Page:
One of the biggest problems in recent years came from a source no major economist expected: deflation. While every trader that respects his/her work knows what inflation is and how it influences the currency market, few at that time had heard of deflation.
Lately, this changed, because deflation gripped the world economy by the time oil fell out of bed, with the move from $100 to $30 sparking a deflationary spiral. As such, major economies around the world struggled to fight it and central banks searched for the antidote to it.
Any discussion about deflation should start from its 'sister' inflation. This is on every trader's lips. And, for a good reason.
Inflation appears on every central bank's mandate. From the United States to Japan, and Europe, any major central bank targets a two percent inflation rate.
It is normal to do this because an economy that grows at a healthy rate needs a specific inflation target. For whatever the reason, such a robust rate needs a 2% inflation, according to nowadays central banks.
Let's explain a bit here the economic circle that makes up the need for inflation to be on any central bank's mandate:
Consequently, while central banks do have resources to fight inflation, they need to get 'inventive' to combat the ugliest sister: deflation.
Deflation represents the scary part of any society. Its implications and roots go so thick in the way a society acts, that central banks find it difficult anymore to control the value of money.
Here is why deflation is a higher risk than inflation:
In reality, while it may be a deal for you, it is a bad sign for an economy. The more the consumer delays the buying, the bigger the store inventories will be.
Therefore, it won't give orders to factories. Without orders, factories will start laying off people, which will increase the unemployment rate. This, in turn, will lead to the government having higher unemployment costs, and will affect the general budget, with the potential of a deficit to rise.
To avoid that, something must be done. Entering central banks.
Fighting deflation means a single thing: easing the monetary policy. When easing starts, central banks won't stop until the process reverses and inflation appears again.
Some banks appealed to negative interest rates. The European Central Bank (ECB) and the Swiss National Bank (SNB), both still have their rates in negative territory. That's a negative for the currency.
The Fed, on the other hand, didn't move the rates below zero, but it engaged in four quantitative easing programs that were destined to stimulate the economy. When it succeeded, the easing stopped, and normalization started.
On the other hand, in Japan, deflation gripped the economy for over two decades. No matter what the central bank did, Bank of Japan wasn't able to bring inflation to the target.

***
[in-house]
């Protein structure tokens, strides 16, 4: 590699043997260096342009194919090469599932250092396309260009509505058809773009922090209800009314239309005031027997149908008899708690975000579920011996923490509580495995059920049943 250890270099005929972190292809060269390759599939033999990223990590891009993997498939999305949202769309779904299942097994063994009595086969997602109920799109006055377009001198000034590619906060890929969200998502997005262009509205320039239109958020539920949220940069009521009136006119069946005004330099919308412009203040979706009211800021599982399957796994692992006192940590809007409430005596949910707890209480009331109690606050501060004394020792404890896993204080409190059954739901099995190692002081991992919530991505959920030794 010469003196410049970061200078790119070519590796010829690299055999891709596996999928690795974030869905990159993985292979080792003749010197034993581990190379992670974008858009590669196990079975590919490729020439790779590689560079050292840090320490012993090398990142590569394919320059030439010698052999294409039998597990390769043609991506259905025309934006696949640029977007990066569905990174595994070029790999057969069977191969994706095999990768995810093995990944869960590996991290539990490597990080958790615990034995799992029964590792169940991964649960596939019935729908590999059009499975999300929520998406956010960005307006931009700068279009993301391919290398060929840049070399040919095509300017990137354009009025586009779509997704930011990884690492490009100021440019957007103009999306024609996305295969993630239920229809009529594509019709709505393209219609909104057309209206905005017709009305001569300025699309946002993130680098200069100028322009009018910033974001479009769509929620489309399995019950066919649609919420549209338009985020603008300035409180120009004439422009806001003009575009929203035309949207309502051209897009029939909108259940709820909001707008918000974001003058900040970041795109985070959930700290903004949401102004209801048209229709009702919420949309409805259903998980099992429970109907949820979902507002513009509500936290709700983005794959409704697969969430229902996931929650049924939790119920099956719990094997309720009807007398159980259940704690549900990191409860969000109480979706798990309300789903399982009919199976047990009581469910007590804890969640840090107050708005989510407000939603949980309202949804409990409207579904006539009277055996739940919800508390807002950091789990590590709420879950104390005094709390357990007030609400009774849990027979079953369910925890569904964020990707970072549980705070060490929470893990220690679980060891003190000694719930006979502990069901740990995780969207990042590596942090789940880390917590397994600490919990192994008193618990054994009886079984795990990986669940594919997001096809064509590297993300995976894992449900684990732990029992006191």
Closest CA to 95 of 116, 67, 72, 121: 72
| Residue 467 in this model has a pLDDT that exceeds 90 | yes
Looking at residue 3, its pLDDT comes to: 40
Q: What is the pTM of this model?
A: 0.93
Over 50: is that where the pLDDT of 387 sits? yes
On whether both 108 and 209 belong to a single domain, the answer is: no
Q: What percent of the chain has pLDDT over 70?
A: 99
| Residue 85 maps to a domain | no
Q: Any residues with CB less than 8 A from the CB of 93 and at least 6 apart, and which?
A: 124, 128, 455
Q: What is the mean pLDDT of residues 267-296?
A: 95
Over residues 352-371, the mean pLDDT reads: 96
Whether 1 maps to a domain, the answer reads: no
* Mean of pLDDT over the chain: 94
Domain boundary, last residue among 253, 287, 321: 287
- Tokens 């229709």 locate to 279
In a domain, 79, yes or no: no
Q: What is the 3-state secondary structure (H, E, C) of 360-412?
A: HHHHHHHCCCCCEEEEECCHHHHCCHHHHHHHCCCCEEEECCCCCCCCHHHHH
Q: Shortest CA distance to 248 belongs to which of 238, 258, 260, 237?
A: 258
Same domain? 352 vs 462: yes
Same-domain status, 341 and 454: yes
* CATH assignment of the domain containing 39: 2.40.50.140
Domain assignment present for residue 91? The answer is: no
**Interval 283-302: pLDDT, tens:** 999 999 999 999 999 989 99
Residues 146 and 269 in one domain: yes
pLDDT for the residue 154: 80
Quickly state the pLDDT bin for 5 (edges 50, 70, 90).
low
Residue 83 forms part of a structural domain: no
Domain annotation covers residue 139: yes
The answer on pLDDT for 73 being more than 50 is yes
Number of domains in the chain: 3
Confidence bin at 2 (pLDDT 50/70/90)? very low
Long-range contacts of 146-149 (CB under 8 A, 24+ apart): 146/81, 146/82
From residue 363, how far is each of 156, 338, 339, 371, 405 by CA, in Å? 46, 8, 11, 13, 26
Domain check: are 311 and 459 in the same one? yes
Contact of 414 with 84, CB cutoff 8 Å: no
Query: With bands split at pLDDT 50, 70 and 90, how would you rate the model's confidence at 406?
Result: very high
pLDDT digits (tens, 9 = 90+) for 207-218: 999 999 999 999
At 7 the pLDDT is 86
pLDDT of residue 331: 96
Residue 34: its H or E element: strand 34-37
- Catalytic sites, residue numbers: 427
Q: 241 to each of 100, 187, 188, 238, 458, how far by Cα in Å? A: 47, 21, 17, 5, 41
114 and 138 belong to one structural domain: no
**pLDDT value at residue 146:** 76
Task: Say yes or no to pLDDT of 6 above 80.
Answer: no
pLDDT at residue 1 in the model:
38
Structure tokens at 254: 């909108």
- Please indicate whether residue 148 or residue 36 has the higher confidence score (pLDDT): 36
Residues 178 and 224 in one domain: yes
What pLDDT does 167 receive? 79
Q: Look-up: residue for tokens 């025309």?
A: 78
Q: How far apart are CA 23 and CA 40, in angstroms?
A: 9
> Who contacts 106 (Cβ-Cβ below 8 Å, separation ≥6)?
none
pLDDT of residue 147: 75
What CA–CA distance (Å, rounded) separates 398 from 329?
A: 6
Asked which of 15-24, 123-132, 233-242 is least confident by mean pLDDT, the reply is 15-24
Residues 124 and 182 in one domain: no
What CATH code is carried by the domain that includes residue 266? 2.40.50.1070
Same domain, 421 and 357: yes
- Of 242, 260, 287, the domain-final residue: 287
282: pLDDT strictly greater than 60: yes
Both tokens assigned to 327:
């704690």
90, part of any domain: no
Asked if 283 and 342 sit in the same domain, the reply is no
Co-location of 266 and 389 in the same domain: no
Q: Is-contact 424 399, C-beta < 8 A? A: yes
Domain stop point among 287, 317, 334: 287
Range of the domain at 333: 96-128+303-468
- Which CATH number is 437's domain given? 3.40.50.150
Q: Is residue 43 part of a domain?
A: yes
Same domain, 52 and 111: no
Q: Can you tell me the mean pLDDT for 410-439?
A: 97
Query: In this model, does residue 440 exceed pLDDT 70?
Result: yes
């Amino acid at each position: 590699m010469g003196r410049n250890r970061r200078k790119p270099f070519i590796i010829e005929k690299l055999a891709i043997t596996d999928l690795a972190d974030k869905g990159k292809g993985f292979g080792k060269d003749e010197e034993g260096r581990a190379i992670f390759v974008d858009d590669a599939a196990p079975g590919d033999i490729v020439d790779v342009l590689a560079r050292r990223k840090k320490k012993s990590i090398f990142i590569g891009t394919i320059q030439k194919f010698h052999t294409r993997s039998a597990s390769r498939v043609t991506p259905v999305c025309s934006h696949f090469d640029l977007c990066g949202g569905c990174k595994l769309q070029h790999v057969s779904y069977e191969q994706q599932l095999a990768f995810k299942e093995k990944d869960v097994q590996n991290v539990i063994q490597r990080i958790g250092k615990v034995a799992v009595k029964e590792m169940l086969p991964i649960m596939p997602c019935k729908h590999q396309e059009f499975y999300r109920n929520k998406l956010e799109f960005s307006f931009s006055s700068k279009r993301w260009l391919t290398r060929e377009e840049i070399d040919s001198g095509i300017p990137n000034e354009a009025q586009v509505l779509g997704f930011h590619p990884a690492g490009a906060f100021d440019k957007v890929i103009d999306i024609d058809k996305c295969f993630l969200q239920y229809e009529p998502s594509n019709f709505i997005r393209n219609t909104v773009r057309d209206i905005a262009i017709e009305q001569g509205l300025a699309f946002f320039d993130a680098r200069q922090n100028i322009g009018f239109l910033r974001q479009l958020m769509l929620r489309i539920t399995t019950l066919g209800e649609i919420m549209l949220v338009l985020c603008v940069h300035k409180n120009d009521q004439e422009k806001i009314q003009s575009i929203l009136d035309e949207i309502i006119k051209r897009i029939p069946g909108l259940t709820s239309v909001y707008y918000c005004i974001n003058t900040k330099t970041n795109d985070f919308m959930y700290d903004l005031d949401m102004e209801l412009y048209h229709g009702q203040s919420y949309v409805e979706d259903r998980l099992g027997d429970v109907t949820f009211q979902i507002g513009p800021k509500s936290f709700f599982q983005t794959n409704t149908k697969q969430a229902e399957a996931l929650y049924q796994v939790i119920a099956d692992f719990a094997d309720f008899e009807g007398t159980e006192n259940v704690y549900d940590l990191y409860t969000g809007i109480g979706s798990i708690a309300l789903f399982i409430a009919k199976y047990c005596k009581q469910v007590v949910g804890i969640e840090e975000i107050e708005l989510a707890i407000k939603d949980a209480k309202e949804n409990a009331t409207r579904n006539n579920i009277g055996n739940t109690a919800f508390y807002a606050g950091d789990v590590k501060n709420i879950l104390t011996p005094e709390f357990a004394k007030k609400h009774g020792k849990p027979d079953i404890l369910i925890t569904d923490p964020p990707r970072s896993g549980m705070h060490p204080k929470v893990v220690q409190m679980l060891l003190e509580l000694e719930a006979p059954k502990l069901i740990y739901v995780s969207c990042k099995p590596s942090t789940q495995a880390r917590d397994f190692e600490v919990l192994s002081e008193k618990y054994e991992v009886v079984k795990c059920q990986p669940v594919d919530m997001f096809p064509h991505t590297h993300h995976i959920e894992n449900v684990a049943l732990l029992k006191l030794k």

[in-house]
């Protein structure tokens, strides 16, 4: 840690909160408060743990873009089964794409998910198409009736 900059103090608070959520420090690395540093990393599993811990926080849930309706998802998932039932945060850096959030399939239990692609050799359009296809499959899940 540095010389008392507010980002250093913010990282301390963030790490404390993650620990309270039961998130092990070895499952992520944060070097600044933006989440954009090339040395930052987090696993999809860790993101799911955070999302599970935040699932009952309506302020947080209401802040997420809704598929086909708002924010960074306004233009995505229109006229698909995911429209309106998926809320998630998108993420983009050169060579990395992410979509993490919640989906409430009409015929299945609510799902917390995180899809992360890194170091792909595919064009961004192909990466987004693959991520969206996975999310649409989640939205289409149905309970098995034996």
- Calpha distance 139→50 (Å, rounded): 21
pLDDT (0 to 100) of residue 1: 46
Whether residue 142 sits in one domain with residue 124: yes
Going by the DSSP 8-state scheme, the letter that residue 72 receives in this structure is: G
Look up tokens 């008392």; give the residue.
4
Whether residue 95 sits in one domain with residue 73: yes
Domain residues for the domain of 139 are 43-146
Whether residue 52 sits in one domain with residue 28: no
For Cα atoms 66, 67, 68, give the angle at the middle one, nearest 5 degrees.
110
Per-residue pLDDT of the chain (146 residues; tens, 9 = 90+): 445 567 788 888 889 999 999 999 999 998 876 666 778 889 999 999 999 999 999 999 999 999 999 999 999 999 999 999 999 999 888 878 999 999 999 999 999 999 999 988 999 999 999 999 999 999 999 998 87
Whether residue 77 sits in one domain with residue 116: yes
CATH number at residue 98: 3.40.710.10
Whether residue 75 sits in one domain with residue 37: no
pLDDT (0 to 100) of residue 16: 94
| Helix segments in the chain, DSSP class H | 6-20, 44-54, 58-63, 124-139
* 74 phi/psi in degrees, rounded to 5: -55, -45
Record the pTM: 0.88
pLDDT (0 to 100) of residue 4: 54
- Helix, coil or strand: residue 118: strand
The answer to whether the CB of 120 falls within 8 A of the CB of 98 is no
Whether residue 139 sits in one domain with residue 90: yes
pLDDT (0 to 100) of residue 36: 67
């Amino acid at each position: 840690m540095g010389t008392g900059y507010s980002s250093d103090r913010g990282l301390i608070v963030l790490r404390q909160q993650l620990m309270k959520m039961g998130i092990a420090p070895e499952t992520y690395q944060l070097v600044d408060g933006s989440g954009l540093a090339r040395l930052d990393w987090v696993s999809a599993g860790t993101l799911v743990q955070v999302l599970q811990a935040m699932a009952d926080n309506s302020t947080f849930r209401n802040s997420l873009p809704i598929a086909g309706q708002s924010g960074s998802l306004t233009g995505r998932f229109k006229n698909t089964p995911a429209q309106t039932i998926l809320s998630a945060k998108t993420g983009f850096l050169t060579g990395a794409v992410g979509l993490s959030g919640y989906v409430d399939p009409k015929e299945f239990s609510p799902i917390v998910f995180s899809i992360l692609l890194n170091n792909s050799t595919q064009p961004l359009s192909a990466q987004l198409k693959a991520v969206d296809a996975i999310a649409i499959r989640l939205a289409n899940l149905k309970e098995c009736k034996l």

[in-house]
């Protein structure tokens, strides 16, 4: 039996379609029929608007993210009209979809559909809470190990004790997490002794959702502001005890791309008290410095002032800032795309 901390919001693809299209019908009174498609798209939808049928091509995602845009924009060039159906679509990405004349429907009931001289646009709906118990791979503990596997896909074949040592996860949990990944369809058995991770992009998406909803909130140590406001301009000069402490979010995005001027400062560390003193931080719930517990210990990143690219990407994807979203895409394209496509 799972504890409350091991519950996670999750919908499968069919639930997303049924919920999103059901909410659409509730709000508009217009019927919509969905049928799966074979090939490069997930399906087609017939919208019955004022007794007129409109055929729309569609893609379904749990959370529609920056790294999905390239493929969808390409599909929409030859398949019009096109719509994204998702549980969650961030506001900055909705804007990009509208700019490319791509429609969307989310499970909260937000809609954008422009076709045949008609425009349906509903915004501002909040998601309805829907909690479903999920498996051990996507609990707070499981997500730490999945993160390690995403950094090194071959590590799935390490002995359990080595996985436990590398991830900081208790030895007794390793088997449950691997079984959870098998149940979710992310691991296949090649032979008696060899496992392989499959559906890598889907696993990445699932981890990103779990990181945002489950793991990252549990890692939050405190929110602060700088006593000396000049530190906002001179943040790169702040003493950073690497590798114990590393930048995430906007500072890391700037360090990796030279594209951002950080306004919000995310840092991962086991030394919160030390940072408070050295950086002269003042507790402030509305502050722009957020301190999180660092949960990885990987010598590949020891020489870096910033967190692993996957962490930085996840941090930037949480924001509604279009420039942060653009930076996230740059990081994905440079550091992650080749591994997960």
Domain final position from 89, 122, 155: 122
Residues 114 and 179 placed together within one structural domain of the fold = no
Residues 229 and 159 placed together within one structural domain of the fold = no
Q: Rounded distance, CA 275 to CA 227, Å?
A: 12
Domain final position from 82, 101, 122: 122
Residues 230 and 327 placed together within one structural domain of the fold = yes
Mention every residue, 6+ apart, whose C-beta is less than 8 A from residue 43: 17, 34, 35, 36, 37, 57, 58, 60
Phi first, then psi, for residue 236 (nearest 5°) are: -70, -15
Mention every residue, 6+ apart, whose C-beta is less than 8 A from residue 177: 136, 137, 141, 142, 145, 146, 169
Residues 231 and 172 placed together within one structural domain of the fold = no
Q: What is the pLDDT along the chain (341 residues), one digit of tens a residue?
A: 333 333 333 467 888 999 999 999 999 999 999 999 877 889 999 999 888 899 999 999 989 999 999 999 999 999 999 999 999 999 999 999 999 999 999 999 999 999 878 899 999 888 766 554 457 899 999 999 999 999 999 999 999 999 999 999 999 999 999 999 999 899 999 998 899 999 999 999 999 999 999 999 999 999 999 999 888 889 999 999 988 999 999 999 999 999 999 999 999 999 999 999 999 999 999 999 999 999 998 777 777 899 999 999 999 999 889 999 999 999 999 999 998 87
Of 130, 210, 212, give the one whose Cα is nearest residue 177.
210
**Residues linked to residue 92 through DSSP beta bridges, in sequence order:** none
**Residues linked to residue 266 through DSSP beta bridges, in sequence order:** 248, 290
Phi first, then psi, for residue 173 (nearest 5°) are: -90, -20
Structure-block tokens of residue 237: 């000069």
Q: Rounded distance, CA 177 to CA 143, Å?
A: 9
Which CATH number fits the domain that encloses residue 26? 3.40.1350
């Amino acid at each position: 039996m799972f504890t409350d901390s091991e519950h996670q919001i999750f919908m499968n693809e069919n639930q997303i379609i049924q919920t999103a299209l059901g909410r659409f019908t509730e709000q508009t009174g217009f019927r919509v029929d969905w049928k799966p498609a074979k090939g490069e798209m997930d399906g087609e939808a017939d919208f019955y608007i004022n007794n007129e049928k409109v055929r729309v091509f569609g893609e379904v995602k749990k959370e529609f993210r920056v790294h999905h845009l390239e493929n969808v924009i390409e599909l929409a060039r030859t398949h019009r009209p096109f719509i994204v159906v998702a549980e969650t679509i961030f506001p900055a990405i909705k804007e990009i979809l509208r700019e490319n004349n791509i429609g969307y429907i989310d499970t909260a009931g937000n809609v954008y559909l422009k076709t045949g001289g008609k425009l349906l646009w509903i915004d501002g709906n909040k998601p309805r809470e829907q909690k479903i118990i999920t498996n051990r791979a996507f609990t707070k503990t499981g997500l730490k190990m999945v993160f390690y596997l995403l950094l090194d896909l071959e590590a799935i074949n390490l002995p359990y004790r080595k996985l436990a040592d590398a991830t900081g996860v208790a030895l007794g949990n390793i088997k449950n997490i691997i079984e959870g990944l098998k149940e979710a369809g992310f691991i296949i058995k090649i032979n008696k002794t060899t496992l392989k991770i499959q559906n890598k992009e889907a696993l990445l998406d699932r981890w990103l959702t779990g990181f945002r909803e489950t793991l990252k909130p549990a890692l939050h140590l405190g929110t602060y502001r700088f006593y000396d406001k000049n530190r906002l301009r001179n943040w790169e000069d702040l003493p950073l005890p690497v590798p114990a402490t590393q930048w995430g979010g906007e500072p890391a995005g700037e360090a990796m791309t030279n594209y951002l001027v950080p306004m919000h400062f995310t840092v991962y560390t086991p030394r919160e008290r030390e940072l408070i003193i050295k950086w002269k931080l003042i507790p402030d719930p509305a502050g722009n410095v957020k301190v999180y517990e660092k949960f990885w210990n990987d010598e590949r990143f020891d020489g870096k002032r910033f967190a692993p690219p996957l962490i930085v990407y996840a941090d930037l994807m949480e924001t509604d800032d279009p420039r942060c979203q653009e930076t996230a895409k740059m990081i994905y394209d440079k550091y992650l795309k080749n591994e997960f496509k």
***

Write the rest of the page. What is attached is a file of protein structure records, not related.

As you can see, all these examples show why deflation is difficult to treat and why currencies react differently to it in various parts of the world.
While inflation triggers the same result from central banks around the world (raising the interest rate, hence bullish for the currency), deflation ends up being treated differently, with other factors (e.g., demographics, economy size, unconventional measured moves, etc.) influencing the outcome.
Fighting deflation results in a lower currency and examples are all over the place. When Bank of Japan started to directly buy bonds from their own government (in one of the boldest moves to fight deflation), the JPY fell across the board.
When the ECB acknowledged inflation is melting due to the sharp fall in oil prices, the Euro fell against almost all currencies, with the best example coming from the EURUSD pair - it dropped like a rock, from above 1.40 to almost parity.
From an economic point of view, inflation and deflation represent two evils. But, between the two, the necessary one, inflation, must appear as a sign things move in the right direction.
Central banks took careful steps in recent years to control prices as much as possible, as one of their major tasks deals with price stability. Automated trading made things even worse, as trading algorithms buy and sell thousands of trades per second or less, and thus it is very difficult for the FX market to move.
On top of this, the recent crypto-mania drew much of the attention of the retail traders, so the sparkling game doesn't seem to be FX anymore. Make no mistake this is just an illusion.
When central banks will be done with fighting deflation, prices will fly and interest rates will rise. Normalization will bring back volatility, and the smartest traders position themselves earlier so that they benefit the most out of the upcoming trend.